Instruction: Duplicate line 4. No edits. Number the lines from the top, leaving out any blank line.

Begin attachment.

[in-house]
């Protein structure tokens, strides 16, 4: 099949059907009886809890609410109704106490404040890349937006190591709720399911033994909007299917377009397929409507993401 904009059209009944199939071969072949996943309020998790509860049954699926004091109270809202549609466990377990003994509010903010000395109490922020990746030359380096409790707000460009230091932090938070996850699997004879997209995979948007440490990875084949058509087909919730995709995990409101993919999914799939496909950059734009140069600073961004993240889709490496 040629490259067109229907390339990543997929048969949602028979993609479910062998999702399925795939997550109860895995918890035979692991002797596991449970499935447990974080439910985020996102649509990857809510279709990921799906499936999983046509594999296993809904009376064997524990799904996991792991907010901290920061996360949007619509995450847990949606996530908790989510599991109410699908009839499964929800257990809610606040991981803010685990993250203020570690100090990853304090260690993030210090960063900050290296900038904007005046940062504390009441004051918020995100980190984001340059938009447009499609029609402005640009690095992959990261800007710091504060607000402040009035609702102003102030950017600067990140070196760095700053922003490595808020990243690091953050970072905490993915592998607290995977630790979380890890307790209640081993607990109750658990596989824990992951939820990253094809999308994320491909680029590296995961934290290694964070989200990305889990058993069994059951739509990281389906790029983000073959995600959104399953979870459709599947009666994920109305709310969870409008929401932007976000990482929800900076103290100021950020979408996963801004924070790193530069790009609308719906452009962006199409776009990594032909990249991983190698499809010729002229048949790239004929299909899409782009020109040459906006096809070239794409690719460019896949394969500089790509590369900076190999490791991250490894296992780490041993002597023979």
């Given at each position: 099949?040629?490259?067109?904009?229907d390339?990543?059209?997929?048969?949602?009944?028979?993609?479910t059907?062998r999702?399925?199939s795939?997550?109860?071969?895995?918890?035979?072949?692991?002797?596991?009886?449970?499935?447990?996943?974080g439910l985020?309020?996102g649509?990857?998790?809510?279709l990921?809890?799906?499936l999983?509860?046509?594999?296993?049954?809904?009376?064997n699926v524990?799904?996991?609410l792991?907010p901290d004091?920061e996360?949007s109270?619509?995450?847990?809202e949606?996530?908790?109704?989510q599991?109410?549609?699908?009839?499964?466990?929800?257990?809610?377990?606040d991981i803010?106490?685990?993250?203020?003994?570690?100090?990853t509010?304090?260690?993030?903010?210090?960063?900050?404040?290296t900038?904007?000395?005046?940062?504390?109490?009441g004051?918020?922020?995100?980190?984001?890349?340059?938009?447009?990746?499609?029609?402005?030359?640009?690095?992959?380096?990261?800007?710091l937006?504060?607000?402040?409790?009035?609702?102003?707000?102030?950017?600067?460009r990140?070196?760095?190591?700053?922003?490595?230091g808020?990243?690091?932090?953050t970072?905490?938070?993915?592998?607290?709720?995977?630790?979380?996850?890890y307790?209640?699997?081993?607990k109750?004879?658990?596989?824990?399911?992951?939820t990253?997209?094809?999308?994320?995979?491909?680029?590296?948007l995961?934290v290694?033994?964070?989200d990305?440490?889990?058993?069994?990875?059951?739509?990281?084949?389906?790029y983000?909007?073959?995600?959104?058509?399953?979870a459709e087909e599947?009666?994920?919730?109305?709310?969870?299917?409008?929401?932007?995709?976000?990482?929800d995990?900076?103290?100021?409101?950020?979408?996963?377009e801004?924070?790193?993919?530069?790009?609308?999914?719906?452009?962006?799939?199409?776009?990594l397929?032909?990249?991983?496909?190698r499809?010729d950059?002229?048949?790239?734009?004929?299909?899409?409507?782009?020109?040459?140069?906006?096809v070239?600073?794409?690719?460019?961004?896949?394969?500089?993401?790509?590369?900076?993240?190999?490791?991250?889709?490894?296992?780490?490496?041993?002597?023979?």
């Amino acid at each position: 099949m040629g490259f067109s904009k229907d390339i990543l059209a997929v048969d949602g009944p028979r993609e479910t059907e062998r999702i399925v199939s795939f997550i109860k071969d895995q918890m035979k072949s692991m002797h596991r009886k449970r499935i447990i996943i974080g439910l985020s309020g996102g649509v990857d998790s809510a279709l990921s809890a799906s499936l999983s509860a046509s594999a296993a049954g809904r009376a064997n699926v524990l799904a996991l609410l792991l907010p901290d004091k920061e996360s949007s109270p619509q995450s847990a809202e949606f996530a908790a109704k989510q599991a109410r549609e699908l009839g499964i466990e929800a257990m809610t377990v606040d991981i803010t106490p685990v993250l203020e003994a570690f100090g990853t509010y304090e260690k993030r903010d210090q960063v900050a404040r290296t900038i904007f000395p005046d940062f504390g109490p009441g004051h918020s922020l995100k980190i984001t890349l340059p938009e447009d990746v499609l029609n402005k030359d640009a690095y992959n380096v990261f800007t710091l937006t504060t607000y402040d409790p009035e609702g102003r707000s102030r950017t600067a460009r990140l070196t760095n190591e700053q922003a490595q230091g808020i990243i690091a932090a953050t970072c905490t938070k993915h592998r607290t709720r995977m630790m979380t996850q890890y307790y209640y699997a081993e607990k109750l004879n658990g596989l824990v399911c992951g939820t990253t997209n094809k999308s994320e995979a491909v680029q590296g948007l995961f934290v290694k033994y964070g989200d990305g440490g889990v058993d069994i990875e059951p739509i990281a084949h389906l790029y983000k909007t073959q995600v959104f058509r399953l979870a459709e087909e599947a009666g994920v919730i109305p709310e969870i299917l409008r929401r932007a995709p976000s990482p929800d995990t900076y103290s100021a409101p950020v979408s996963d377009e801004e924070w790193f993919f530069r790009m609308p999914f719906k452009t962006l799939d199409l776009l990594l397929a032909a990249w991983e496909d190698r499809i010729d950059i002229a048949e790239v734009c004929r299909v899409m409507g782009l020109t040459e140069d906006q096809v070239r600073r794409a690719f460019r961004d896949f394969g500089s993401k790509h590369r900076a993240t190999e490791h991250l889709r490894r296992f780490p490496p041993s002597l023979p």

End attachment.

């Amino acid at each position: 099949m040629g490259f067109s904009k229907d390339i990543l059209a997929v048969d949602g009944p028979r993609e479910t059907e062998r999702i399925v199939s795939f997550i109860k071969d895995q918890m035979k072949s692991m002797h596991r009886k449970r499935i447990i996943i974080g439910l985020s309020g996102g649509v990857d998790s809510a279709l990921s809890a799906s499936l999983s509860a046509s594999a296993a049954g809904r009376a064997n699926v524990l799904a996991l609410l792991l907010p901290d004091k920061e996360s949007s109270p619509q995450s847990a809202e949606f996530a908790a109704k989510q599991a109410r549609e699908l009839g499964i466990e929800a257990m809610t377990v606040d991981i803010t106490p685990v993250l203020e003994a570690f100090g990853t509010y304090e260690k993030r903010d210090q960063v900050a404040r290296t900038i904007f000395p005046d940062f504390g109490p009441g004051h918020s922020l995100k980190i984001t890349l340059p938009e447009d990746v499609l029609n402005k030359d640009a690095y992959n380096v990261f800007t710091l937006t504060t607000y402040d409790p009035e609702g102003r707000s102030r950017t600067a460009r990140l070196t760095n190591e700053q922003a490595q230091g808020i990243i690091a932090a953050t970072c905490t938070k993915h592998r607290t709720r995977m630790m979380t996850q890890y307790y209640y699997a081993e607990k109750l004879n658990g596989l824990v399911c992951g939820t990253t997209n094809k999308s994320e995979a491909v680029q590296g948007l995961f934290v290694k033994y964070g989200d990305g440490g889990v058993d069994i990875e059951p739509i990281a084949h389906l790029y983000k909007t073959q995600v959104f058509r399953l979870a459709e087909e599947a009666g994920v919730i109305p709310e969870i299917l409008r929401r932007a995709p976000s990482p929800d995990t900076y103290s100021a409101p950020v979408s996963d377009e801004e924070w790193f993919f530069r790009m609308p999914f719906k452009t962006l799939d199409l776009l990594l397929a032909a990249w991983e496909d190698r499809i010729d950059i002229a048949e790239v734009c004929r299909v899409m409507g782009l020109t040459e140069d906006q096809v070239r600073r794409a690719f460019r961004d896949f394969g500089s993401k790509h590369r900076a993240t190999e490791h991250l889709r490894r296992f780490p490496p041993s002597l023979p």